I really don't sell any of the things I make, except to co-workers. I wish I could. I don't have the equipment to make things in any real amount. You could probably have a machine shop build one of these for you. I haven't ordered anything from the UK in quite awhile, but I suspect the shipping is astronomical now. Here is the original video on how to build one.
 

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Discussion Starter · #34 ·
Here is another video from the same guy. I never watched it before, I just saw the first video with the 4 pin bender. I might have to make another bolt with just the 2 pins. the nut and handle can be used with either one. That's for a later project, right now I'm working on modifications for a Harbor Freight 30" metal brake. I will be using this to bend my cage material for making my bait traps. It should make it a lot easier than bending it over 2x4's or the edge of a table. This will give me repeatability. Sorry for carrying on.

 

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D,
Man, you are sooo handy at making tools with everyday stuff! My father-in-law was talented like that too. He could look at something I thought was junk, and he鈥檇 make a useful item out of it. Way beyond my capabilities!

I do have a quick question for you; when threading the nut on the bolt, it鈥檚 鈥渞ighty-tighty鈥 鈥渓efty-loosie鈥...right?
 

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Discussion Starter · #36 ·
D,
Man, you are sooo handy at making tools with everyday stuff! My father-in-law was talented like that too. He could look at something I thought was junk, and he鈥檇 make a useful item out of it. Way beyond my capabilities!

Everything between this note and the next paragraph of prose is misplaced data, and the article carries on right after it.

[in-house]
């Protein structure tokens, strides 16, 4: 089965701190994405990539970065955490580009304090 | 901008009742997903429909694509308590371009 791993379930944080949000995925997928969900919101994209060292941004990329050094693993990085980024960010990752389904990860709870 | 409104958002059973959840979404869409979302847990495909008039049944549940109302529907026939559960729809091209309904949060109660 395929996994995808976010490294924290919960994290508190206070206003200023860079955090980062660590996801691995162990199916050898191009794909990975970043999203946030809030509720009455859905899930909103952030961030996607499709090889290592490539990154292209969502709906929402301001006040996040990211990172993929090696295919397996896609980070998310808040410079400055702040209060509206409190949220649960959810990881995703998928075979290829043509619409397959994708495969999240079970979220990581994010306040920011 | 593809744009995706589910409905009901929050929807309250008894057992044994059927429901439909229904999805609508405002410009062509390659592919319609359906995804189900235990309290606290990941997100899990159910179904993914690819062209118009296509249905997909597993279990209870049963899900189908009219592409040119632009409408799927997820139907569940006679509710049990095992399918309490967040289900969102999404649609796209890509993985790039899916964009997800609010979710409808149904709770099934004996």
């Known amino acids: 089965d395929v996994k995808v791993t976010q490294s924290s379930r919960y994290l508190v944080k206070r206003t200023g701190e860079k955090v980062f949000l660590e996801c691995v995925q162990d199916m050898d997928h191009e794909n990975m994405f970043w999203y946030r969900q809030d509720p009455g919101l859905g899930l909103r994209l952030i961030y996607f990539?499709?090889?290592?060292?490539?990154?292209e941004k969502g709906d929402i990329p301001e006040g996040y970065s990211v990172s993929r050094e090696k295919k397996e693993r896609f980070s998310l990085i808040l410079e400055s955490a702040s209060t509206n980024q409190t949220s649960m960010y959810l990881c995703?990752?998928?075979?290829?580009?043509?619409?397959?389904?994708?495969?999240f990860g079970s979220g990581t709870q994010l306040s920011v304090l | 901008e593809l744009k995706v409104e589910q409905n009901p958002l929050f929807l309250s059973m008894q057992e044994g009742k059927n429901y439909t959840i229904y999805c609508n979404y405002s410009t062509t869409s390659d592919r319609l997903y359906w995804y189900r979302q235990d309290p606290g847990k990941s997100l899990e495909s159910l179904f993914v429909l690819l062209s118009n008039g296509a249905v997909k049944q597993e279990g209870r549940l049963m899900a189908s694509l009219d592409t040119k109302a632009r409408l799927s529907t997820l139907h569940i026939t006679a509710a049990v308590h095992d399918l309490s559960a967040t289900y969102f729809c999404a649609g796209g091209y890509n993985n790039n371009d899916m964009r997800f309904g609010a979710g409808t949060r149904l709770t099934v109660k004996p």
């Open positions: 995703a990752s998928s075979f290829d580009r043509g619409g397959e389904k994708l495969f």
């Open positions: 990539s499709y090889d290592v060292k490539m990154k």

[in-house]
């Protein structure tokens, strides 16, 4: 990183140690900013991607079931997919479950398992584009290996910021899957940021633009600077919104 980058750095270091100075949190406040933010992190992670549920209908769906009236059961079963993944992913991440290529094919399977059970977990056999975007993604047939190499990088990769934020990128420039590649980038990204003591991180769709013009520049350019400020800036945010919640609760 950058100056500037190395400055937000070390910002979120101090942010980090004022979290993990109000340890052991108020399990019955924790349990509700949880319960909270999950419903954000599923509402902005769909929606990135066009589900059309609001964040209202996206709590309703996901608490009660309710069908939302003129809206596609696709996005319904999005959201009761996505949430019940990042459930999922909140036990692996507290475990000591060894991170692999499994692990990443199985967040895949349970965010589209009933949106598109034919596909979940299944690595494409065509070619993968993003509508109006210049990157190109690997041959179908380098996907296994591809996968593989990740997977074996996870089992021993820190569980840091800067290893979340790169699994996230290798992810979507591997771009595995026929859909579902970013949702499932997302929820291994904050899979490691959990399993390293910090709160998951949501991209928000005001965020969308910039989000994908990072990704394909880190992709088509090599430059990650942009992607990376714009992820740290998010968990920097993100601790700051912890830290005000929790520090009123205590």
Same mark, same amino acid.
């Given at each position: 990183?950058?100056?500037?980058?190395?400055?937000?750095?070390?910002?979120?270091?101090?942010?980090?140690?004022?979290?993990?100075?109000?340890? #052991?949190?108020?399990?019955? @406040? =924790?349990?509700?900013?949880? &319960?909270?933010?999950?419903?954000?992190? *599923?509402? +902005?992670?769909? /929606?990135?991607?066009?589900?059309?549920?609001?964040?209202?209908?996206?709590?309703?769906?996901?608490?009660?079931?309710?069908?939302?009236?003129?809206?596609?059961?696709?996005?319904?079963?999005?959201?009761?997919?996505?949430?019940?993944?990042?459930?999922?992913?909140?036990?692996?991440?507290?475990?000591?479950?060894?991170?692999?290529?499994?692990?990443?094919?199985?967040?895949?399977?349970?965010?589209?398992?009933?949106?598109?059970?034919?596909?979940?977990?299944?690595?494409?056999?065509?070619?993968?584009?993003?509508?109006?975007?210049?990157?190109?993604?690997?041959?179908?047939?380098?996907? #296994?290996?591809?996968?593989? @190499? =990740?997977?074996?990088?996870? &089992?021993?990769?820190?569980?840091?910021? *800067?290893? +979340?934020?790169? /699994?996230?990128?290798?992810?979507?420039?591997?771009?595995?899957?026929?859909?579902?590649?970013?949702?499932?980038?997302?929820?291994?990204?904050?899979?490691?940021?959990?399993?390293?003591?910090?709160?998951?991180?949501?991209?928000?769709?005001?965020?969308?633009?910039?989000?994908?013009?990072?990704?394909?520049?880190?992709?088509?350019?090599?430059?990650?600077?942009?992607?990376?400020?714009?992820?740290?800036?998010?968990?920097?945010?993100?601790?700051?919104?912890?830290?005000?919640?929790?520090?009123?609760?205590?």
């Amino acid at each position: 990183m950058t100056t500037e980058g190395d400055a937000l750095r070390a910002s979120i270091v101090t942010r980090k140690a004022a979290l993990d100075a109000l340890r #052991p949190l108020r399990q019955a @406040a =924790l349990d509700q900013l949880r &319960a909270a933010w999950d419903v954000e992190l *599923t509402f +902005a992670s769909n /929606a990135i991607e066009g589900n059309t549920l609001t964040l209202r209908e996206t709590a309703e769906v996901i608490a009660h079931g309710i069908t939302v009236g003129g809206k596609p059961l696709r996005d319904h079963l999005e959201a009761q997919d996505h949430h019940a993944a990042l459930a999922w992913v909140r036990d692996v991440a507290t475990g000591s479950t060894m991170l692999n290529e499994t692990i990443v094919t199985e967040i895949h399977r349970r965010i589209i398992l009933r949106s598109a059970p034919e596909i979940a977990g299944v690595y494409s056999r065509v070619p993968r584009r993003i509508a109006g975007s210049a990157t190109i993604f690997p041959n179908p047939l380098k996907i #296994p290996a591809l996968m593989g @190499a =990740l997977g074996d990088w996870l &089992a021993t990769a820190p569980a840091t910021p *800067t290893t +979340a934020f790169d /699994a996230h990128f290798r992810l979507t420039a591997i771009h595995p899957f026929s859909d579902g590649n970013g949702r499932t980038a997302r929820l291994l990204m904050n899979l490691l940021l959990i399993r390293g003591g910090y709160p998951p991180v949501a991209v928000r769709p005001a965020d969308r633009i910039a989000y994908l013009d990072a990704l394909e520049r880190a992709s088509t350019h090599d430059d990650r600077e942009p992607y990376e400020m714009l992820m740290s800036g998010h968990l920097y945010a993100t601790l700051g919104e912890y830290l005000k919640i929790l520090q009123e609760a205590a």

I do have a quick question for you; when threading the nut on the bolt, it鈥檚 鈥渞ighty-tighty鈥 鈥渓efty-loosie鈥...right?
Yes, righty-tighty, lefty-loosie. These can be made with nuts and bolts, but I have also been thinking about a way to make them with round bar and tubing. I will have to draw up one of these designs and see if it works as I believe it will. Maybe even draw one made from round bar and a nut, with the threads drilled out of the nut. I can never leave, well enough alone. My mind is constantly racing.
 

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Discussion Starter · #37 ·
I really wish I had a small metal lathe. I have been looking at one for a while now. I have made my own theaded pins for an AR-15 build, then drilled and tapped my lower, to thread the holes, to accept the threaded pins. The pins were made from socket head grub screws. I turned the screws with a drill and filed the extra threads off, with a small file. I checked the pin size as I went, with my micrometer. You can buy stuff, but I love to build things myself.